The Bus Factor
Luke Bearl May 7 '17
This article originally appears on Luke's blog
I've been meaning to write this for quite a while, as the bus factor is something I've (literally) run into in my career. For those of you not familiar with it, the "Bus Factor" is basically an informal measure of resiliency of a project to the loss of one or more key members. It's basically the programming version of the old adage "Don't put all your eggs in one basket".
Some years ago I was a software development intern at a large company in Milwaukee, Wisconsin. The team I was on was broken into a U.S. development team, an offshore dev team in India and an offshore QA team in China. We had daily scrum meetings at 8 AM every morning so that the US and Indian teams could participate all in one. One day we got word that one of the senior-most developers had literally been hit by a bus while crossing the street (thankfully he made a full recovery, but it certainly slowed down that part of the team as he was out for 8 weeks or so).
How to Reduce the Bus Factor
I'm sure people can (and probably have) written entire books on the subject of reducing the bus factor, and spreading knowledge around through the entire team. Spreading knowledge is really the key element in bus factor reduction.
How many people currently work on a team where one or two people are basically the wizards who secret spells make critical things happen (like deployments or provisioning infrastructure assets, or SSL certificates, or any of the other million things that need to be done in order to make software work)? I know I've worked on several teams where that happened. I've also worked with people who wanted to increase the bus factor as they thought it gave them better job security (a notion I strongly disagree with).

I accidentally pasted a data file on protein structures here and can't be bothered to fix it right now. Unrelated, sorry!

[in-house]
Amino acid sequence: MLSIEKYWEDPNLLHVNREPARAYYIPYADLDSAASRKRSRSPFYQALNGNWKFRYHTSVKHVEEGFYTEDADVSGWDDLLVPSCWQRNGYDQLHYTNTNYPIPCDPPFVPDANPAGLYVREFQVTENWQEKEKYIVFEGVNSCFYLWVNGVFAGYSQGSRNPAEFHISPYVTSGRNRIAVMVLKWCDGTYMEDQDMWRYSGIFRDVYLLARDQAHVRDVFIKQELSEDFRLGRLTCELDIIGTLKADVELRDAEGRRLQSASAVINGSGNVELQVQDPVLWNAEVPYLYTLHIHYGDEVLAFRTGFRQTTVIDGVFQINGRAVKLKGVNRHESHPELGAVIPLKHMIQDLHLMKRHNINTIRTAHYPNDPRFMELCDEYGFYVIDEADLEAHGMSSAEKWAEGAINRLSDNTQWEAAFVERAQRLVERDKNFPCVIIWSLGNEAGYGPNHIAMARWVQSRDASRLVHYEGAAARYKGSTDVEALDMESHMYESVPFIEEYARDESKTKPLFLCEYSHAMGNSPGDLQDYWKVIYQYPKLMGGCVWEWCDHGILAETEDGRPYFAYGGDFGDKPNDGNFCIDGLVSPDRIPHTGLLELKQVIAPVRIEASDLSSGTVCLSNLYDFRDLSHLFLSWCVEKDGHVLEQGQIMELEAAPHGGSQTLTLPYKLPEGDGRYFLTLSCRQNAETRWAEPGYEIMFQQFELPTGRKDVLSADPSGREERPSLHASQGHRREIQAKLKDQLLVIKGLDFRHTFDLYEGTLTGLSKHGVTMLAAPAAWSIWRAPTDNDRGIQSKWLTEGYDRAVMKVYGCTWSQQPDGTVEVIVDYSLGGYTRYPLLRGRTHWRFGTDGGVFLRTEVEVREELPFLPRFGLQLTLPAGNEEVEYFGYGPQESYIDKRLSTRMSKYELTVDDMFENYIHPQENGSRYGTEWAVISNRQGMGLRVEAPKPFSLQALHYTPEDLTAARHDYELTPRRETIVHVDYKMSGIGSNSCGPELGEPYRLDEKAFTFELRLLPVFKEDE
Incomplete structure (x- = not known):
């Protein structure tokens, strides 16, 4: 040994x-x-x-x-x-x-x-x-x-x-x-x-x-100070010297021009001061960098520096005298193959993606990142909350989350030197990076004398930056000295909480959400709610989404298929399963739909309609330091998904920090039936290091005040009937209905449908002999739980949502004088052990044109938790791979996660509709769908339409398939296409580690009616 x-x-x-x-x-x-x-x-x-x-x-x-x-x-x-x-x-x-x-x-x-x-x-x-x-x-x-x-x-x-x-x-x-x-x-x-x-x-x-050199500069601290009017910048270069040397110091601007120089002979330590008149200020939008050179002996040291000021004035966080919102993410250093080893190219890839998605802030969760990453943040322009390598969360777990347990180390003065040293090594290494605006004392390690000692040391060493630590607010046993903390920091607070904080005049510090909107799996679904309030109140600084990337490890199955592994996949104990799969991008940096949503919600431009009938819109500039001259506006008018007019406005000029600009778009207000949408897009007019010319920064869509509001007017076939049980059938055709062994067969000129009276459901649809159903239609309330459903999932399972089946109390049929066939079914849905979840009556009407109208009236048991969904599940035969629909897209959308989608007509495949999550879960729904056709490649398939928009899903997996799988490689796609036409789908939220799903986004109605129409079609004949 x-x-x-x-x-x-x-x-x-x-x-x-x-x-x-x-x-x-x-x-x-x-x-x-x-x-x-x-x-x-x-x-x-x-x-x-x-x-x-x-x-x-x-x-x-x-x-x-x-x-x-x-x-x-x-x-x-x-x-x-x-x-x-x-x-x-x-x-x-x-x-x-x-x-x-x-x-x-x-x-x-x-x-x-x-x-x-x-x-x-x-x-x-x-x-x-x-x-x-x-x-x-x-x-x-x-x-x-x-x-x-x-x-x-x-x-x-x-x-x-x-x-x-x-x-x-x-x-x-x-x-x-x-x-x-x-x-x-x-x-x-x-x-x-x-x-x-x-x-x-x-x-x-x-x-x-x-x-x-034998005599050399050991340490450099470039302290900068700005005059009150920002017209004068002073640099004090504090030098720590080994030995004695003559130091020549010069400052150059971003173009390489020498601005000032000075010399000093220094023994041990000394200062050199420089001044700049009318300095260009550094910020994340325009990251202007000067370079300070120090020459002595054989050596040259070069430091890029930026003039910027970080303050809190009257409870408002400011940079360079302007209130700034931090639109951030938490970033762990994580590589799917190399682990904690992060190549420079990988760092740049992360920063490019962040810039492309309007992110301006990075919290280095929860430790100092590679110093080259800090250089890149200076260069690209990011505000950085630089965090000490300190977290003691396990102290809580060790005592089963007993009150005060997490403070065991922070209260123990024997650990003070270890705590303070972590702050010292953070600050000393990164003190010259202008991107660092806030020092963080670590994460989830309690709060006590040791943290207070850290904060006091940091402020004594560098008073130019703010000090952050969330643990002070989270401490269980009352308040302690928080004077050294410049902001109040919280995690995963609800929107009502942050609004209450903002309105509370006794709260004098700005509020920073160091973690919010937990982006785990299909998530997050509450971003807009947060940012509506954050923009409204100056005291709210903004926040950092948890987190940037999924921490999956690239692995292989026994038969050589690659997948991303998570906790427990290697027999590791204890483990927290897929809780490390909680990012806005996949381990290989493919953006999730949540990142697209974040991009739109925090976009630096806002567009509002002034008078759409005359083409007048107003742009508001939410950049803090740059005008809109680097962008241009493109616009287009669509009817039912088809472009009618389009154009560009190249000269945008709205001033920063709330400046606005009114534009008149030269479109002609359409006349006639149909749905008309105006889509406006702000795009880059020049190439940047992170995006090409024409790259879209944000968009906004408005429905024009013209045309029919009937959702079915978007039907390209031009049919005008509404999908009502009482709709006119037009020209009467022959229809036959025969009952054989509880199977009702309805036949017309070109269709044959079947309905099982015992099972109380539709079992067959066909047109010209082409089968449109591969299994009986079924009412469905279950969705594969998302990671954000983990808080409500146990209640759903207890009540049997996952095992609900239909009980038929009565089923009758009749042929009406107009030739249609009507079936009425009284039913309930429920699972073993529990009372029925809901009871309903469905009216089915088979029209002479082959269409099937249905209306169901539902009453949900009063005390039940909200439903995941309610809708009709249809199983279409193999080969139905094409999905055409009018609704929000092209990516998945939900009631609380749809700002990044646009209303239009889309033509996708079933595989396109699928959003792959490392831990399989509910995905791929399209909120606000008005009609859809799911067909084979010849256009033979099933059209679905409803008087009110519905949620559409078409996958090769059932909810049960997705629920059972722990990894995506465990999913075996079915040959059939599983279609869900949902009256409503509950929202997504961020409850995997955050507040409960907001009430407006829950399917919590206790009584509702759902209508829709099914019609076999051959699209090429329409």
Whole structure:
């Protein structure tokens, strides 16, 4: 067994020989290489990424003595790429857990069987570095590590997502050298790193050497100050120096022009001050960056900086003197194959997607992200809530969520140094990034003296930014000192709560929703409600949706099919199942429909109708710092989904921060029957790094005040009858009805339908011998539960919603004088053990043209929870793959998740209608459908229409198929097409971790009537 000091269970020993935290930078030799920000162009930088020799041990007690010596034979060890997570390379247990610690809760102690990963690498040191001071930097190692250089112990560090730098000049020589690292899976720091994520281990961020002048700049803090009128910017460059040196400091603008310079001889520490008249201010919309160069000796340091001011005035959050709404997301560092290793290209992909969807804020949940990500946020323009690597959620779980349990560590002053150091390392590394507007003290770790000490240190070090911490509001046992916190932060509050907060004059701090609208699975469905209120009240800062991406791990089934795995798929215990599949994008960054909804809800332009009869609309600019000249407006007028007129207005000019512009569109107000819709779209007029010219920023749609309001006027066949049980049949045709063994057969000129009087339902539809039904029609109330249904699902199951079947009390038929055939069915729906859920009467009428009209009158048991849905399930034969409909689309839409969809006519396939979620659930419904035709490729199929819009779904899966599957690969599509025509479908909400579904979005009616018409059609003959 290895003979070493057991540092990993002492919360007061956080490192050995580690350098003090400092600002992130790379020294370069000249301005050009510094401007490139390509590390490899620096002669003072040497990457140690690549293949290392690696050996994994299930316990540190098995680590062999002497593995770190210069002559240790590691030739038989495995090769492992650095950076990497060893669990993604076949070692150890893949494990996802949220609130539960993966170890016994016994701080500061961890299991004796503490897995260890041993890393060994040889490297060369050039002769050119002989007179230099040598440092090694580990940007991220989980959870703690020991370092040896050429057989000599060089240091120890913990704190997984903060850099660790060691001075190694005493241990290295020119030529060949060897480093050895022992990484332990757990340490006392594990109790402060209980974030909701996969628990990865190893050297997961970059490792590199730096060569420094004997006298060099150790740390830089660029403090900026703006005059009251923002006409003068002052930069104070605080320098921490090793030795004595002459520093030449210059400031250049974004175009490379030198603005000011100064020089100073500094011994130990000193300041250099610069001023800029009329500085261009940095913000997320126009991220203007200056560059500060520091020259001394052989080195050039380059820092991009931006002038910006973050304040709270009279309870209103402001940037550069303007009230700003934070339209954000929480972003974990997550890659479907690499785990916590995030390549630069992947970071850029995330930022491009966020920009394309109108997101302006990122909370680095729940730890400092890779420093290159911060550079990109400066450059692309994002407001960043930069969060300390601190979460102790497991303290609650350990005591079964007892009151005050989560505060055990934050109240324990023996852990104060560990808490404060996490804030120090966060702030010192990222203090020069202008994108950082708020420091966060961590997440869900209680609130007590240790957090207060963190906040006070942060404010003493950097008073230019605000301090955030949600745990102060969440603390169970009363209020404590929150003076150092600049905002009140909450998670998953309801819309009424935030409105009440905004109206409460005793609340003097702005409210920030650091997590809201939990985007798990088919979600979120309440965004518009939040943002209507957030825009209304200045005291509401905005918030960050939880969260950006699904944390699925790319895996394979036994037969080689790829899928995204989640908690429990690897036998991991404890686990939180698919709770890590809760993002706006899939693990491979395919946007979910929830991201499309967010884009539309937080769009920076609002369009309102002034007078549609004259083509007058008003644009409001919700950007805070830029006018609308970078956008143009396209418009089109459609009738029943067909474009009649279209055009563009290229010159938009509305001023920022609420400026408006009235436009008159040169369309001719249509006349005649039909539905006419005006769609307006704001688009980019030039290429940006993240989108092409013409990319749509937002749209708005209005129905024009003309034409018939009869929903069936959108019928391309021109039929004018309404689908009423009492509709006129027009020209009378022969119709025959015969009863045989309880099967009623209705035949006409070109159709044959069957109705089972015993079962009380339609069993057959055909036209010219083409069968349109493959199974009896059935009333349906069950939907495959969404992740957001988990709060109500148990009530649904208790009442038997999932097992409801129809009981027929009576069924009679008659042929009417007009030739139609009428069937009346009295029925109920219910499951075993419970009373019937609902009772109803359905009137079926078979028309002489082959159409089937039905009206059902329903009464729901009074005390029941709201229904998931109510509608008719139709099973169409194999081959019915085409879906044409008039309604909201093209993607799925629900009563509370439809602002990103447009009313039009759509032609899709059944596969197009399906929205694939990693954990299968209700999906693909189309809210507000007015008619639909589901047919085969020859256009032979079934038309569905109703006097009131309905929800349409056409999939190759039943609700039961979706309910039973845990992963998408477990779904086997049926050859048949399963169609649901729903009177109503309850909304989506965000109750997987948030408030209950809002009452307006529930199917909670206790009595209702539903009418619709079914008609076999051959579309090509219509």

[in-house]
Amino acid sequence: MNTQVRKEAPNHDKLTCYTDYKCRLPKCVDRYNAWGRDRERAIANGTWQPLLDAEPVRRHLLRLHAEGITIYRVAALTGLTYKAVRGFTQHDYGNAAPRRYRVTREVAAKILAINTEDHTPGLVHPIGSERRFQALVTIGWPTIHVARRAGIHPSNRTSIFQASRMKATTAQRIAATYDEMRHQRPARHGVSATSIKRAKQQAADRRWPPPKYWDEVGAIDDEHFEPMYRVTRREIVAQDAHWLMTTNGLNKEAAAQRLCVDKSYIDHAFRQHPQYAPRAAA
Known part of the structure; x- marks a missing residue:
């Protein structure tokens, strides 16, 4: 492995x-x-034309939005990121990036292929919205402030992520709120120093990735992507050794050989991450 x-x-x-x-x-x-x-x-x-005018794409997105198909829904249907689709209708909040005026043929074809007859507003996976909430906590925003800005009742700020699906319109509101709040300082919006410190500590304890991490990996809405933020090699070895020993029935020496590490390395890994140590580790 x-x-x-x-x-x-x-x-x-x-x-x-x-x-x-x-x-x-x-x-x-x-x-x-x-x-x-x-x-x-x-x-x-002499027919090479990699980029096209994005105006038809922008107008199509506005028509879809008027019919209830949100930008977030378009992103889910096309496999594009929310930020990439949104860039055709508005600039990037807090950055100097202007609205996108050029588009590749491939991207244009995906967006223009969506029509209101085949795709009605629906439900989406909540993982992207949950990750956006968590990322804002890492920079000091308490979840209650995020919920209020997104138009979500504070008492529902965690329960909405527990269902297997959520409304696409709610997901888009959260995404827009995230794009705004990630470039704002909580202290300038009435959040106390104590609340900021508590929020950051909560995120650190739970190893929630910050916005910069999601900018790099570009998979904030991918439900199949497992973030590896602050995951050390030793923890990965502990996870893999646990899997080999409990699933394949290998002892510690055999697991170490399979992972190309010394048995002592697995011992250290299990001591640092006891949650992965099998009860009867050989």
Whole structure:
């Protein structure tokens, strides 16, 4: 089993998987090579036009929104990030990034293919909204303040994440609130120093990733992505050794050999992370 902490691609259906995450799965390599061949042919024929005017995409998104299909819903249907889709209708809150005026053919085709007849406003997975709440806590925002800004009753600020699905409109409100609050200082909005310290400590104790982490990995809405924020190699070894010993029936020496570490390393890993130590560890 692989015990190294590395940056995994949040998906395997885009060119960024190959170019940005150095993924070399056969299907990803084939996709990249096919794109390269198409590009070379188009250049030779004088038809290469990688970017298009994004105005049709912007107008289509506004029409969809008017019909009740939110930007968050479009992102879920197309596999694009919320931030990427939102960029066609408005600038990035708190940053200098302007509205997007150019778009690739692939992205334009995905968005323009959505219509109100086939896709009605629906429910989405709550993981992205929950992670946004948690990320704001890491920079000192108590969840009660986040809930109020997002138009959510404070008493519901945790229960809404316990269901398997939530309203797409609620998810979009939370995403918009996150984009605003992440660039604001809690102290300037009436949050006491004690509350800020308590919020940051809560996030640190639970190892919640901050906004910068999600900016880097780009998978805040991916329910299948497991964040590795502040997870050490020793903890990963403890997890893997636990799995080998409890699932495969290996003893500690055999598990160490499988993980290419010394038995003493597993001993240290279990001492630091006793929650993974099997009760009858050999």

In my experience one of the best ways to reduce the bus factor is to maintain an internal wiki where developers and administrators can document processes for anything which they are going to do more than once (and sometimes it's good to document things that are being done once as well). Another great idea is to regularly schedule cross training (n+1 isn't only a good idea for infrastructure, developers and admins should have a bit of redundancy as well).
I personally feel that there is an ethical responsibility for all engineers to be transparent in what they do. I never want to be the only person capable of doing something, instead I do my best to make sure that anything I do, which may ever need to be done again, is documented at least well enough that someone can probably piece it together. Doing this ensures that if I am ever hit by a bus the rest of my team won't have to try to figure out the magical incantations I have developed in order to do a number of things.
At the end of the day reducing the bus factor is good for your team. You never know when you or one of your colleagues are going to end up no longer being available to work (they might be hit by a bus, or it might be something more mundane like taking a new job, or leaving for a few months for a sabbatical or maternity/paternity leave). As an engineer and a member of a team you have an ethical obligation to ensure that you are both sharing processes and techniques you've developed with your colleagues, and also trying to learn those processes and techniques from your colleagues.